Hope you keep blogging. I enjoy reading the frimmin site. Do you still practice meditation or update that site?
Hi, Ryan, I haven’t updated it in a long time, but who knows? Anything’s possible. I’ll confess that I need to get back into the habit of meditation. I still practice with my Zen teacher.
That´s a long time ago. Last time was during/after the soccer world cup final 2010 Spain-Holland, if I remember correctly. Shorlty after that, I went back to university to take a bachelors degree in cultural history, and I got caught up in online discussions on the uni´s website. By now, I´ve earned my degree. Not sure if I´m going to continue for a master degree. A second master degree has become very expensive in Holland. Perhaps abroad; university fees for a master’s in Belgium are still doable.
Great that you walked the Camino! I never did, but I do like long distance walking a lot and have walked the Four Days Marches Nijmegen several times. Before I had a dog, that is. Oddly enough, I bought the dog to have a companion on my walks and an excuse/incentive to walk more. That worked well the first few years, but then the dog developed a heart murmur (mitral valve not closing properly). I didn’t want to risk him getting heart failure, so I took it easy on the walks. Moreover, doggy’s got seperation anxiety and barks a lot when I’m not home, and not wanting to annoy my neighbours, I stayed home much more than I used to. I’m afraid it didn’t do my condition much good. Over the years, I gained weight slowly, frankly because I didn’t adjust my diet to a less active lifestyle.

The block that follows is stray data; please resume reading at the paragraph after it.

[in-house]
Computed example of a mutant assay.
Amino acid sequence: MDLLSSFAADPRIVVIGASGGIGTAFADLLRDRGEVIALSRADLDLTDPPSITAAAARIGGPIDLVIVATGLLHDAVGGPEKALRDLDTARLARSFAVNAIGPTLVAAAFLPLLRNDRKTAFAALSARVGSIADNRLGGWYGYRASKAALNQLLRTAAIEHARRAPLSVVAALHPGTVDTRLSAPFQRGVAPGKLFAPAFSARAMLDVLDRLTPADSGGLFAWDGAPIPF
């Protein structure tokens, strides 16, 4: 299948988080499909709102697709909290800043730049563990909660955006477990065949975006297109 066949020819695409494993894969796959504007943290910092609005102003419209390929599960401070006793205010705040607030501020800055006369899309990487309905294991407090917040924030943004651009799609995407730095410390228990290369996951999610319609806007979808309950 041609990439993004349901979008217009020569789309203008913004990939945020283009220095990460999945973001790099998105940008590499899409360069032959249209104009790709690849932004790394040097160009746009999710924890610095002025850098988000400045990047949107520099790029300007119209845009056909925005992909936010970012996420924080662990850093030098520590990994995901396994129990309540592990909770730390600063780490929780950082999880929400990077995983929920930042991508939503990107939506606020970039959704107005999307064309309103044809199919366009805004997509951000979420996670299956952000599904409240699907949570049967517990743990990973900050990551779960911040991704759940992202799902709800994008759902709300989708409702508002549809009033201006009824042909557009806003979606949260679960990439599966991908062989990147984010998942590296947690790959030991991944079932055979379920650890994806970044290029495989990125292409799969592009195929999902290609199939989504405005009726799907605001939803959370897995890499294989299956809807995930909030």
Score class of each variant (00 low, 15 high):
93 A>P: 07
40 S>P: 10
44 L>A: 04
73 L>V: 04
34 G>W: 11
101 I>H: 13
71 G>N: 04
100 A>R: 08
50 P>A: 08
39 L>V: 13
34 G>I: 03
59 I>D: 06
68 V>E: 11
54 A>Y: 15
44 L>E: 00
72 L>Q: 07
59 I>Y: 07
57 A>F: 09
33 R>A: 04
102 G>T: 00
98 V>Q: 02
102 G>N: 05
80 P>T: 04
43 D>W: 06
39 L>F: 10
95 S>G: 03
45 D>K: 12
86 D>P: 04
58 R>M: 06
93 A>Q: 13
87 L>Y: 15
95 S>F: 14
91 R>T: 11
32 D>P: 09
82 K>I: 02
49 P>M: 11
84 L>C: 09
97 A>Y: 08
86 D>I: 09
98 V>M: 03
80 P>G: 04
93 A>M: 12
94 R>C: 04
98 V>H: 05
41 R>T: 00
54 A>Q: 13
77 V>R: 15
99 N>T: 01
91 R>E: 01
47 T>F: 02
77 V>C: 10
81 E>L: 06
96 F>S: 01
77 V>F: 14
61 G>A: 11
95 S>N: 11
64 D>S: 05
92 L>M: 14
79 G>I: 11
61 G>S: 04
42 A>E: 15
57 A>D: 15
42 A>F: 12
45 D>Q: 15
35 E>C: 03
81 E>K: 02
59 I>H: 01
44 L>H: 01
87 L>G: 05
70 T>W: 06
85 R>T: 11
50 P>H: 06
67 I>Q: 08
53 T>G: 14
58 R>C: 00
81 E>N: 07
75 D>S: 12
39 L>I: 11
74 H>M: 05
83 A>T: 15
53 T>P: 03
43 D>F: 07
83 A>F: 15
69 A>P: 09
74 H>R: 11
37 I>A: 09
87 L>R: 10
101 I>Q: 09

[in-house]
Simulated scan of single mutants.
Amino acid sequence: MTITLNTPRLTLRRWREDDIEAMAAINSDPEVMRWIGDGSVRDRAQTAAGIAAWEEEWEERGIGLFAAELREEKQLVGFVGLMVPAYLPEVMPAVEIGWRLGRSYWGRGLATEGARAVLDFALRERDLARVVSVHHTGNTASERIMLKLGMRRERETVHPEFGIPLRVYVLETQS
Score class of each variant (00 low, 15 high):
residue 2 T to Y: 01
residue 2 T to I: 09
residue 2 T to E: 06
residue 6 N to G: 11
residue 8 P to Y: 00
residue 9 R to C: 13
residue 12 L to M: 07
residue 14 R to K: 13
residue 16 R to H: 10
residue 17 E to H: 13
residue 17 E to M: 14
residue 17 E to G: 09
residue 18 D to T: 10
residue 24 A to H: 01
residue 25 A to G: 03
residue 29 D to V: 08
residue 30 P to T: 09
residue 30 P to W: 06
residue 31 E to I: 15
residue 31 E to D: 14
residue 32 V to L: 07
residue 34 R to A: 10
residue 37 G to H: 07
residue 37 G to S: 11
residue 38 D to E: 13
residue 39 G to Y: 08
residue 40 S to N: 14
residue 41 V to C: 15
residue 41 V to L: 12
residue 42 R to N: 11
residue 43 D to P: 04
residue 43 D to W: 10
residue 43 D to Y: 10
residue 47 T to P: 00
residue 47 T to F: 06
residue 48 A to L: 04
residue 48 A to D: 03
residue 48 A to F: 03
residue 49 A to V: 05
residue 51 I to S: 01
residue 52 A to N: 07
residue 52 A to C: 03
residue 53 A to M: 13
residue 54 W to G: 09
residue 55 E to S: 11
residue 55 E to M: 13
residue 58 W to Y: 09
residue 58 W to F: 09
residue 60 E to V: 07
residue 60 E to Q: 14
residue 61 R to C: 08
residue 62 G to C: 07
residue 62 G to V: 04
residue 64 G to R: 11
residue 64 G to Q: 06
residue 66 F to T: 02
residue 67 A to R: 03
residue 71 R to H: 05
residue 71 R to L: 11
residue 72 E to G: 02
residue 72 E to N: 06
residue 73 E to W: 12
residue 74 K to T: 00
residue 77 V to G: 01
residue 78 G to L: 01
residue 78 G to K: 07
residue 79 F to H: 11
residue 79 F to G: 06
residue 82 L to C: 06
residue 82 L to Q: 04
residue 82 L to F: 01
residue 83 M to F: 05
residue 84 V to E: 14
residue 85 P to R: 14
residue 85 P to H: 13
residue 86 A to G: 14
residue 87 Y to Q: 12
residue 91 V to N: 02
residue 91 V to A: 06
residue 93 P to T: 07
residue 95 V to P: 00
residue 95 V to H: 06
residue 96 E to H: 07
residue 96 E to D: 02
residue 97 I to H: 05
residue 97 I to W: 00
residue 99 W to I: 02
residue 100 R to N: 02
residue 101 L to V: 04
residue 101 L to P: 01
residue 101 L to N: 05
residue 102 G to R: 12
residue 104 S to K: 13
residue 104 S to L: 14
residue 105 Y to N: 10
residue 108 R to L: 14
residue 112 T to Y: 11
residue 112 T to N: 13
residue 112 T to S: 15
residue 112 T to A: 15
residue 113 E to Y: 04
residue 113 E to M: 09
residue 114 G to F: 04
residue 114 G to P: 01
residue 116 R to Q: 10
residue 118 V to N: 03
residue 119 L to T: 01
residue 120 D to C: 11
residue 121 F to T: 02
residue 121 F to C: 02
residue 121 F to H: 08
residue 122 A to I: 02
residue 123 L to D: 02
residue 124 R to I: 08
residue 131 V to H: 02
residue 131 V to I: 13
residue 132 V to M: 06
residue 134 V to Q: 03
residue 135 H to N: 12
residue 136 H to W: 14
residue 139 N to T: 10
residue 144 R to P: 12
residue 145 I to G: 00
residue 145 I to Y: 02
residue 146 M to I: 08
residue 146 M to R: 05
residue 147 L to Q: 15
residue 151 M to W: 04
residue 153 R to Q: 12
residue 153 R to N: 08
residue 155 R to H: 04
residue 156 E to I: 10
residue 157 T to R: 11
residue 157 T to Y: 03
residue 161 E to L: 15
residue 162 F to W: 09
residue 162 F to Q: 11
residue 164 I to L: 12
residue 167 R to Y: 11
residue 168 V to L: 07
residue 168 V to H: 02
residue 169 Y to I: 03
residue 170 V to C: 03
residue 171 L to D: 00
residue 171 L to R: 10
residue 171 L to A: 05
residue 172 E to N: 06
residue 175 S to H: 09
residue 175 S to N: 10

Doggy is 15 years old now and had acute heart failure last February. He fortunately survived (my vet lives 15 meters away) and has new medication that has improved his condition, but he is in the last stage of his life, I’m afraid. Meanwhile, I not only have a worse condition, but also osteoarthritis in my lower back. I do occassionally go out to have a brisk walk for 10/15 km or so, but then my sciatic nerve gets pinched after a while. Very painfull.
Still, this can be overcome, according to my physiotherapist, by gradually building up the distance again and with good supportive shoes that absorb the shock. But for the moment I’m a bit stuck with my sick dog. Those old doggies are so endearing and I want to be the best companion for him for the rest of his short life. When he’s gone (which I dread, I hope he’ll have a few more years that have enough quality), I have plans to go back to long distance walking, and yes, do the Camino someday!
I hope your foot heals well. What is the prognosis? Can you go back to running with the splinter or does it have to be removed?
So sorry to hear about your dog and your back. Sounds like you’ve got a good PT.
I’ll probably be getting surgery on my foot soon. None of the halfway measures have helped it. I can hardly walk 800 meters without problems now.
Good to hear from you!